United States District Court, D. Colorado
Brooke Jackson Judge
BROOKE JACKSON UNITED STATES DISTRICT JUDGE
matter is before the Court on review of the Social Security
Administration (“SSA”) Commissioner's
decision denying claimant Teddy Hatzenbuhler's
application for Disability Insurance Benefits under Title II
of the Social Security Act. Jurisdiction is proper under 42
U.S.C. § 405(g). For the reasons explained below, the
Court AFFIRMS the Commissioner's decision.
appeal is based upon the administrative record and the
parties' briefs. In reviewing a final decision by the
Commissioner, the District Court examines the record and
determines whether it contains substantial evidence to
support the Commissioner's decision and whether the
Commissioner applied the correct legal standards. Winfrey
v. Chater, 92 F.3d 1017, 1019 (10th Cir. 1996). A
decision is not based on substantial evidence if it is
“overwhelmed by other evidence in the record.”
Bernal v. Bowen, 851 F.2d 297, 299 (10th Cir. 1988).
Substantial evidence requires “more than a scintilla,
but less than a preponderance.” Wall v.
Astrue, 561 F.3d 1048, 1052 (10th Cir. 2009). Evidence
is not substantial if it “constitutes mere
conclusion.” Musgrave v. Sullivan, 966 F.2d
1371, 1374 (10th Cir. 1992). In addition, reversal may be
appropriate if the Commissioner applies an incorrect legal
standard or fails to demonstrate that the correct legal
standards have been followed. Winfrey, 92 F.3d at
Hatzenbuhler is 66 years old and lives in Monument, Colorado.
See R. 1, 167. He served as a combat engineer in the
United States Army during the Vietnam War from October 1968
until he was honorably discharged in July 1971. R. 193, 286,
334. While in Vietnam, Mr. Hatzenbuhler experienced traumatic
events that led to a diagnosis of post-traumatic stress
disorder (“PTSD”). R. 201, 283, 287. After the
war, Mr. Hatzenbuhler went on to complete two years of
college and earned a technical degree. R. 53, 219. His
post-college work history includes software and hardware
quality assurance work, employment as a software specialist,
and employment as a software engineer. R. 51-58, 91. Mr.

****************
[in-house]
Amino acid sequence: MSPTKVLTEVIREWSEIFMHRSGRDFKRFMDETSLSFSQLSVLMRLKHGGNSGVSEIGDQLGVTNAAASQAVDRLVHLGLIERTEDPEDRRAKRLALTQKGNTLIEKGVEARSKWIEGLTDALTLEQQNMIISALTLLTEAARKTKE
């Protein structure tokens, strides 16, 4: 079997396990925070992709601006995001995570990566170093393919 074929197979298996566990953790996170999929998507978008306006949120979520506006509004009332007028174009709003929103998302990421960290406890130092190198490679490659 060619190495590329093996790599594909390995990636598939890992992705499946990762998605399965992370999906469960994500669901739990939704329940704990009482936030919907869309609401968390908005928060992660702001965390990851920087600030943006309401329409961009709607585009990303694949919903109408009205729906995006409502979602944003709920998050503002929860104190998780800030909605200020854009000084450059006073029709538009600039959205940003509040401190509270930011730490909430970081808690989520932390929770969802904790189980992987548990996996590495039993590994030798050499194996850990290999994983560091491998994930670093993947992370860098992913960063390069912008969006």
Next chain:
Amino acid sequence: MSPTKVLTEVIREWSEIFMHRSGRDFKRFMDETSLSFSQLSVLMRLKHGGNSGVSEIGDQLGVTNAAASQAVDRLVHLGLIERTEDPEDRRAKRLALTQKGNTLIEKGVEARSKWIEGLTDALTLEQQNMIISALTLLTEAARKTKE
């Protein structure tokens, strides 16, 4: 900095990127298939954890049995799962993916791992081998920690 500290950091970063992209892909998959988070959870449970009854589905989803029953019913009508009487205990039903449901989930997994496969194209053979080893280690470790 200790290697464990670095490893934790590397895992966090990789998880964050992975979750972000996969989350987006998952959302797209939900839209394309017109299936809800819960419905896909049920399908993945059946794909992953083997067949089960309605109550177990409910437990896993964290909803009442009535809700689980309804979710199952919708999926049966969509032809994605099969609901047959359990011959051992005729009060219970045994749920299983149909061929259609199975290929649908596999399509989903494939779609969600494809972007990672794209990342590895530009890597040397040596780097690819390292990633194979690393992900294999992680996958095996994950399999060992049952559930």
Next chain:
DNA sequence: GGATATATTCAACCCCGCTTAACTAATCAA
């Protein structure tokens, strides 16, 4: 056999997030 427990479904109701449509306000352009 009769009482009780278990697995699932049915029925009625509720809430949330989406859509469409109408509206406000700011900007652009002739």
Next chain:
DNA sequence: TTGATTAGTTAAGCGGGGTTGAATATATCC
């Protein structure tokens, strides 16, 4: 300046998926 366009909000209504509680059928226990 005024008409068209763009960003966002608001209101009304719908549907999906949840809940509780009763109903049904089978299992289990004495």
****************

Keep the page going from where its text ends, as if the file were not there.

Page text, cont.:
Hatzenbuhler was terminated from his most recent job on
November 30, 2010, the alleged onset date of his disability.
R. 65-66. He asserts that he suffers from the following
impairments: degenerative disc disease, obesity, anxiety,
depression, hypertension, sleep apnea, left ventricular
hypertrophy, headaches, hearing loss, plantar fasciitis,
gastro esophageal reflux disease, insomnia, Hepatitis C, and
diverticulitis. R. 98-102.
these impairments, Mr. Hatzenbuhler lives alone and is able
to handle most household chores and yard work on his own,
although he pays a housekeeper to periodically help around
the house. R. 26. He has several friends with whom he spends
time, and he leaves his house most days. Id. In
addition, Mr. Hatzenbuhler lifts weights five times per week
and is an avid motorcycle rider-for example, in November 2015
Mr. Hatzenbuhler and his friend rode their motorcycles to
Cabo San Lucas, Mexico, a trip totaling over 5, 000 miles. R.
March 17, 2014 Mr. Hatzenbuhler applied for disability
insurance benefits, alleging disability beginning on November
30, 2010. R. 167. His claim was initially denied on May 28,
2014. R. 107. Mr. Haztenbuhler then requested a hearing,
which was held before Administrative Law Judge
(“ALJ”) Matthew C. Kawalek on December 16, 2015.
R. 44, 116-17. The ALJ issued a decision denying benefits on
January 25, 2016. R. 19-38. The Appeals Council denied Mr.
Hatzenbuhler's request for review on March 27, 2017,
rendering the ALJ's determination the final decision of
the Commissioner for purposes of judicial review. R. 1-7. Mr.
Hatzenbuhler then filed a timely appeal in this Court.
The ALJ's Decision.
issued an unfavorable decision after evaluating the evidence
according to the Social Security Administration's
standard five-step process. First, he found that Mr.
Hatzenbuhler had not engaged in substantial gainful activity
since his alleged onset date of November 30, 2010 through the
date he was last insured, December 31, 2015. R. 24. At step
two, the ALJ found that Mr. Hatzenbuhler had the severe
impairments of degenerative disc disease, obesity, anxiety,
and depression. R. 24-25. At step three, the ALJ concluded
that Mr. Hatzenbuhler did not have an impairment or
combination of impairments that met or medically equaled the
severity of one of the listed impairments in 20 C.F.R. Part
404, Subpart P, Appendix 1. R. 25-27.
then found that Mr. Hatzenbuhler retained the Residual
Functional Capacity (“RFC”) to perform medium
work, meaning he can stand or walk for six hours out of an
eight- hour workday, and sit for six hours out of an
eight-hour workday; he can lift and carry fifty pounds
occasionally, and twenty-five pounds frequently; he can
frequently climb, stoop, crouch, and crawl; he can
understand, remember, and carry out detailed but not complex
tasks and instructions; and he should have no more than
occasional interaction with the general public. R. 27-35.
four, the ALJ concluded that Mr. Hatzenbuhler is unable to
perform any past relevant work. R. 35-36. However, at step
five the ALJ determined that there are jobs that exist in
significant numbers in the national economy that Mr.
Hatzenbuhler can perform. R. 37. In particular, the ALJ
determined via a vocational expert that Mr. Hatzenbuhler
would be able to perform the job requirements of a meat
clerk, a plant ...